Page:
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UK engineering services firms remain unclear about Brexit implications, despite just weeks to go

Brexit

Just under a third of UK engineering services businesses are still not clear about the forthcoming business implications of Brexit, according to a new survey. 

The survey targeted member companies of the ECA, BESA, SNIPEF and SELECT, with 386 firms sharing their thoughts regarding the fast-approaching end to the UK-EU transition period. It seems that many have been so focused on the Covid-19 pandemic, that they haven’t fully got to grips with the impact that Brexit will have. 

When asked about whether or not they were clear of the business implications associated with the end of the transition period, 30% of firms noted that they were not entirely clear about the impact. 

75% of respondents said that they expect the cost of electrical and electronic products to either stay the same or rise after the transition deadline of December 31, 2020. However, although over 40% of respondents said product availability was a major factor on the horizon, fewer than 1 in 5 (17%) said they expected product availability to be negatively impacted. 49% replied that they expect availability to broadly stay the same.

66% of businesses did not believe skills would be a significant problem after Brexit, and less than a fifth (18%) had adopted methods for dealing with skills issues linked to the Brexit transition. This figure doubled for businesses with turnover above £20 million.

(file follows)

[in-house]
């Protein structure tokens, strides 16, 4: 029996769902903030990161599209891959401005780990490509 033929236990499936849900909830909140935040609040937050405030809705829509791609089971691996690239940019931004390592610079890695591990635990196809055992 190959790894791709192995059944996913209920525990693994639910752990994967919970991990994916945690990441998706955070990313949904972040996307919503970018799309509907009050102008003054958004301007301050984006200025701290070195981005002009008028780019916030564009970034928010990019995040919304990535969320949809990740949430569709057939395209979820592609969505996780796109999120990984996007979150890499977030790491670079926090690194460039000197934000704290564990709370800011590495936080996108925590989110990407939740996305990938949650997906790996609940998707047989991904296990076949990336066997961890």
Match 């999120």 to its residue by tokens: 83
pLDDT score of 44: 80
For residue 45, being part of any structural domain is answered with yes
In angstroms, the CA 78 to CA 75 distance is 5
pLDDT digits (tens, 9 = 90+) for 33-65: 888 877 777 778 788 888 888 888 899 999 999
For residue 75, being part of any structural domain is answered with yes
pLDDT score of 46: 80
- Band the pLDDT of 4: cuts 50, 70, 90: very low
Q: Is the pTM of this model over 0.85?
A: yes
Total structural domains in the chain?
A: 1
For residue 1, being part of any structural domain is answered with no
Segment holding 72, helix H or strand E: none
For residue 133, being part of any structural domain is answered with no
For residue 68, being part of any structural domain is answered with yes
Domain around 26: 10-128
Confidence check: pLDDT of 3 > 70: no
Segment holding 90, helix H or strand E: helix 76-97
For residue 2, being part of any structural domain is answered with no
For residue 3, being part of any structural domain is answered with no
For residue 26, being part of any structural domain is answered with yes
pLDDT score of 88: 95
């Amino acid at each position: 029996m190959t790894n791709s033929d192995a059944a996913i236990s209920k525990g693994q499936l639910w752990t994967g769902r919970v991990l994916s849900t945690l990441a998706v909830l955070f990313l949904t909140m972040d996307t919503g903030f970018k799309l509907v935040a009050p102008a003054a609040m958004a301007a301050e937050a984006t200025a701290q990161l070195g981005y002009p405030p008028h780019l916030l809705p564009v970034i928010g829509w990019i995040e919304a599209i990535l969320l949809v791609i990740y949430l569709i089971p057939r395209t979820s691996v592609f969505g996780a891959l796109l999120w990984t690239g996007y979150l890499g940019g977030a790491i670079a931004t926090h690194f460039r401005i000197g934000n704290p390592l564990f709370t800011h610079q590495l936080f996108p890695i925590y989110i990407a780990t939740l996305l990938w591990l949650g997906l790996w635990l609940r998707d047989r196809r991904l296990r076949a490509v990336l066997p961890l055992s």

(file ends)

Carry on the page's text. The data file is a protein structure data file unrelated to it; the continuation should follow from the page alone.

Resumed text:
Rob Driscoll, ECA director of legal and business, commented on the findings, “It is perhaps no surprise that uncertainty remains a central theme as we inch closer to the Brexit deadline. However, these figures also reveal a degree of confidence in the sector – confidence in the availability of materials, and of skilled and competent individuals, once we are no longer part of the EU.”

Alan Wilson, SELECT managing director, added, “These findings show that there is still ongoing concern about Brexit, with the sector also still weighing up the long-term impact of COVID-19. However, despite these twin uncertainties, it is encouraging to see the industry showing some confidence in other areas as we move into what will no doubt be an eventful 2021.”  

Fiona Hodgson, SNIPEF chief executive, concluded, “The latest survey shows our Members are optimistic about Brexit and recovery from the pandemic. However, there is still much uncertainty surrounding both which may continue to have implications for the supply chain for some time. We will continue to monitor the position and Members need to consider the effect of higher prices and longer lead times when planning work.”

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